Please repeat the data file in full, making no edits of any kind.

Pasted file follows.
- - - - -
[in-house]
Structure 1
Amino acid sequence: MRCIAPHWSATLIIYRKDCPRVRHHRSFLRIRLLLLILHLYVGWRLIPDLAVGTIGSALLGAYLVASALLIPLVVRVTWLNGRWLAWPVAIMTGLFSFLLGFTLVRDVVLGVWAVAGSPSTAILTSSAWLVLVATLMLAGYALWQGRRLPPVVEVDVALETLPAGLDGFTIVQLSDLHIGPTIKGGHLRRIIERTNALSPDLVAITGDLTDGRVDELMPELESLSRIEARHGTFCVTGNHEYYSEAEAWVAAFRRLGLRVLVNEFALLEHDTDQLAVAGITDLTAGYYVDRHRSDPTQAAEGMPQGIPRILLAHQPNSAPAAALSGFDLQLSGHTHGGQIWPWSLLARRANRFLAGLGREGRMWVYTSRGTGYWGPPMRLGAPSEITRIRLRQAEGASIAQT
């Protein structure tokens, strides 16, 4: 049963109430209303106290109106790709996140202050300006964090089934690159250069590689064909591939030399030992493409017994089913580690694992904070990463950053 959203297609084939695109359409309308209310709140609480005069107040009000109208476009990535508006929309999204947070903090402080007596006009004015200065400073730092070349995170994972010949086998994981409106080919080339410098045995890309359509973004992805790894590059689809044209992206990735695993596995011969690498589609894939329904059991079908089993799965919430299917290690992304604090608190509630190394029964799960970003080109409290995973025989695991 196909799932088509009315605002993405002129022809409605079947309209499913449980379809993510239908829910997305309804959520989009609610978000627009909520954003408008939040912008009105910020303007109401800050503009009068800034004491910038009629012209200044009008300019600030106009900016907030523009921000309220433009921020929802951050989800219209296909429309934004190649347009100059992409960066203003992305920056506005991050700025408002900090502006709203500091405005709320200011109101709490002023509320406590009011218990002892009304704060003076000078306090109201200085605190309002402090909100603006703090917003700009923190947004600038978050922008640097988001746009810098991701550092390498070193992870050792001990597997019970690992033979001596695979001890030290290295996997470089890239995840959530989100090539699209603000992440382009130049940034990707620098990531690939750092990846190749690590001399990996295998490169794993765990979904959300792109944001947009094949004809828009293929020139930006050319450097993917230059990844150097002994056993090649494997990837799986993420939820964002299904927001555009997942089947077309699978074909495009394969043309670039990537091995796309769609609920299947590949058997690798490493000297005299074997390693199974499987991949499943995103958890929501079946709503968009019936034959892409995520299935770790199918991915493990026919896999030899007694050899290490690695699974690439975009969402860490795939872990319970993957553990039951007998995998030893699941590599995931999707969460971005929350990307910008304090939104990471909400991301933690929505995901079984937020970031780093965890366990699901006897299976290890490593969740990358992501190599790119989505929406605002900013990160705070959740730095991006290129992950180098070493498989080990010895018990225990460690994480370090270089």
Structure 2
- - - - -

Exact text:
[in-house]
Structure 1
Amino acid sequence: MRCIAPHWSATLIIYRKDCPRVRHHRSFLRIRLLLLILHLYVGWRLIPDLAVGTIGSALLGAYLVASALLIPLVVRVTWLNGRWLAWPVAIMTGLFSFLLGFTLVRDVVLGVWAVAGSPSTAILTSSAWLVLVATLMLAGYALWQGRRLPPVVEVDVALETLPAGLDGFTIVQLSDLHIGPTIKGGHLRRIIERTNALSPDLVAITGDLTDGRVDELMPELESLSRIEARHGTFCVTGNHEYYSEAEAWVAAFRRLGLRVLVNEFALLEHDTDQLAVAGITDLTAGYYVDRHRSDPTQAAEGMPQGIPRILLAHQPNSAPAAALSGFDLQLSGHTHGGQIWPWSLLARRANRFLAGLGREGRMWVYTSRGTGYWGPPMRLGAPSEITRIRLRQAEGASIAQT
């Protein structure tokens, strides 16, 4: 049963109430209303106290109106790709996140202050300006964090089934690159250069590689064909591939030399030992493409017994089913580690694992904070990463950053 959203297609084939695109359409309308209310709140609480005069107040009000109208476009990535508006929309999204947070903090402080007596006009004015200065400073730092070349995170994972010949086998994981409106080919080339410098045995890309359509973004992805790894590059689809044209992206990735695993596995011969690498589609894939329904059991079908089993799965919430299917290690992304604090608190509630190394029964799960970003080109409290995973025989695991 196909799932088509009315605002993405002129022809409605079947309209499913449980379809993510239908829910997305309804959520989009609610978000627009909520954003408008939040912008009105910020303007109401800050503009009068800034004491910038009629012209200044009008300019600030106009900016907030523009921000309220433009921020929802951050989800219209296909429309934004190649347009100059992409960066203003992305920056506005991050700025408002900090502006709203500091405005709320200011109101709490002023509320406590009011218990002892009304704060003076000078306090109201200085605190309002402090909100603006703090917003700009923190947004600038978050922008640097988001746009810098991701550092390498070193992870050792001990597997019970690992033979001596695979001890030290290295996997470089890239995840959530989100090539699209603000992440382009130049940034990707620098990531690939750092990846190749690590001399990996295998490169794993765990979904959300792109944001947009094949004809828009293929020139930006050319450097993917230059990844150097002994056993090649494997990837799986993420939820964002299904927001555009997942089947077309699978074909495009394969043309670039990537091995796309769609609920299947590949058997690798490493000297005299074997390693199974499987991949499943995103958890929501079946709503968009019936034959892409995520299935770790199918991915493990026919896999030899007694050899290490690695699974690439975009969402860490795939872990319970993957553990039951007998995998030893699941590599995931999707969460971005929350990307910008304090939104990471909400991301933690929505995901079984937020970031780093965890366990699901006897299976290890490593969740990358992501190599790119989505929406605002900013990160705070959740730095991006290129992950180098070493498989080990010895018990225990460690994480370090270089």
Structure 2